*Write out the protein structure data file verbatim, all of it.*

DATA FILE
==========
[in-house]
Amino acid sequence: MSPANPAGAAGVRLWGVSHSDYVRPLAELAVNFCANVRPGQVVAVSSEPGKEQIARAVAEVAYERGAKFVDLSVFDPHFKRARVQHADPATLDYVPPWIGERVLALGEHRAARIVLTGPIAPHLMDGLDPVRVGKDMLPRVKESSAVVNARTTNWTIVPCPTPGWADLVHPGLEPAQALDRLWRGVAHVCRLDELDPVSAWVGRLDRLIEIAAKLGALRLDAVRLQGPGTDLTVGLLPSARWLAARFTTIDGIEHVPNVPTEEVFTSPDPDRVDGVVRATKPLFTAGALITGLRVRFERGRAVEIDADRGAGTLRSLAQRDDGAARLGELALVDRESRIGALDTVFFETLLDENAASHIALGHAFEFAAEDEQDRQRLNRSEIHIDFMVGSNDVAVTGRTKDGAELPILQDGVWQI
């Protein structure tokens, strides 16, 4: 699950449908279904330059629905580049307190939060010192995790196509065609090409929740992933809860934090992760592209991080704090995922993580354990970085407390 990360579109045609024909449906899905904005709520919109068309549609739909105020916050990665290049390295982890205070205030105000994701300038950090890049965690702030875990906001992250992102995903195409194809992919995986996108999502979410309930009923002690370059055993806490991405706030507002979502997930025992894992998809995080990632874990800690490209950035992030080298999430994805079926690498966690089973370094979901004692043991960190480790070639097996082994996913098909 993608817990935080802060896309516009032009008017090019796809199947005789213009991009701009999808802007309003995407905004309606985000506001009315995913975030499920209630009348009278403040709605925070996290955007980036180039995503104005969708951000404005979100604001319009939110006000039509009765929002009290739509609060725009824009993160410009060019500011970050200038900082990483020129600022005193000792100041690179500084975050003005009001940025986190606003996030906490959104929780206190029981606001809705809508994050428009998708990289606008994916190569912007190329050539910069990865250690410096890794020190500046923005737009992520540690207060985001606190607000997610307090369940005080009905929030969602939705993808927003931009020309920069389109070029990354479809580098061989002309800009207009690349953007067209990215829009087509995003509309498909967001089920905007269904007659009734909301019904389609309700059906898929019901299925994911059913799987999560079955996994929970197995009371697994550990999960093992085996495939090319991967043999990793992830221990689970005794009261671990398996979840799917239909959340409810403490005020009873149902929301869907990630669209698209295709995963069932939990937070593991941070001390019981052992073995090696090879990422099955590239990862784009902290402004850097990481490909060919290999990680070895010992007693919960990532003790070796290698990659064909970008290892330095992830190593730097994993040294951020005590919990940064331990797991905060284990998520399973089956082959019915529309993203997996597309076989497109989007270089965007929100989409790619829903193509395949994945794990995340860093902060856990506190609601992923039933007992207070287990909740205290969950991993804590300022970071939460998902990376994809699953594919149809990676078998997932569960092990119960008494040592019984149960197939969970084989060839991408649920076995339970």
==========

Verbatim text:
[in-house]
Amino acid sequence: MSPANPAGAAGVRLWGVSHSDYVRPLAELAVNFCANVRPGQVVAVSSEPGKEQIARAVAEVAYERGAKFVDLSVFDPHFKRARVQHADPATLDYVPPWIGERVLALGEHRAARIVLTGPIAPHLMDGLDPVRVGKDMLPRVKESSAVVNARTTNWTIVPCPTPGWADLVHPGLEPAQALDRLWRGVAHVCRLDELDPVSAWVGRLDRLIEIAAKLGALRLDAVRLQGPGTDLTVGLLPSARWLAARFTTIDGIEHVPNVPTEEVFTSPDPDRVDGVVRATKPLFTAGALITGLRVRFERGRAVEIDADRGAGTLRSLAQRDDGAARLGELALVDRESRIGALDTVFFETLLDENAASHIALGHAFEFAAEDEQDRQRLNRSEIHIDFMVGSNDVAVTGRTKDGAELPILQDGVWQI
């Protein structure tokens, strides 16, 4: 699950449908279904330059629905580049307190939060010192995790196509065609090409929740992933809860934090992760592209991080704090995922993580354990970085407390 990360579109045609024909449906899905904005709520919109068309549609739909105020916050990665290049390295982890205070205030105000994701300038950090890049965690702030875990906001992250992102995903195409194809992919995986996108999502979410309930009923002690370059055993806490991405706030507002979502997930025992894992998809995080990632874990800690490209950035992030080298999430994805079926690498966690089973370094979901004692043991960190480790070639097996082994996913098909 993608817990935080802060896309516009032009008017090019796809199947005789213009991009701009999808802007309003995407905004309606985000506001009315995913975030499920209630009348009278403040709605925070996290955007980036180039995503104005969708951000404005979100604001319009939110006000039509009765929002009290739509609060725009824009993160410009060019500011970050200038900082990483020129600022005193000792100041690179500084975050003005009001940025986190606003996030906490959104929780206190029981606001809705809508994050428009998708990289606008994916190569912007190329050539910069990865250690410096890794020190500046923005737009992520540690207060985001606190607000997610307090369940005080009905929030969602939705993808927003931009020309920069389109070029990354479809580098061989002309800009207009690349953007067209990215829009087509995003509309498909967001089920905007269904007659009734909301019904389609309700059906898929019901299925994911059913799987999560079955996994929970197995009371697994550990999960093992085996495939090319991967043999990793992830221990689970005794009261671990398996979840799917239909959340409810403490005020009873149902929301869907990630669209698209295709995963069932939990937070593991941070001390019981052992073995090696090879990422099955590239990862784009902290402004850097990481490909060919290999990680070895010992007693919960990532003790070796290698990659064909970008290892330095992830190593730097994993040294951020005590919990940064331990797991905060284990998520399973089956082959019915529309993203997996597309076989497109989007270089965007929100989409790619829903193509395949994945794990995340860093902060856990506190609601992923039933007992207070287990909740205290969950991993804590300022970071939460998902990376994809699953594919149809990676078998997932569960092990119960008494040592019984149960197939969970084989060839991408649920076995339970």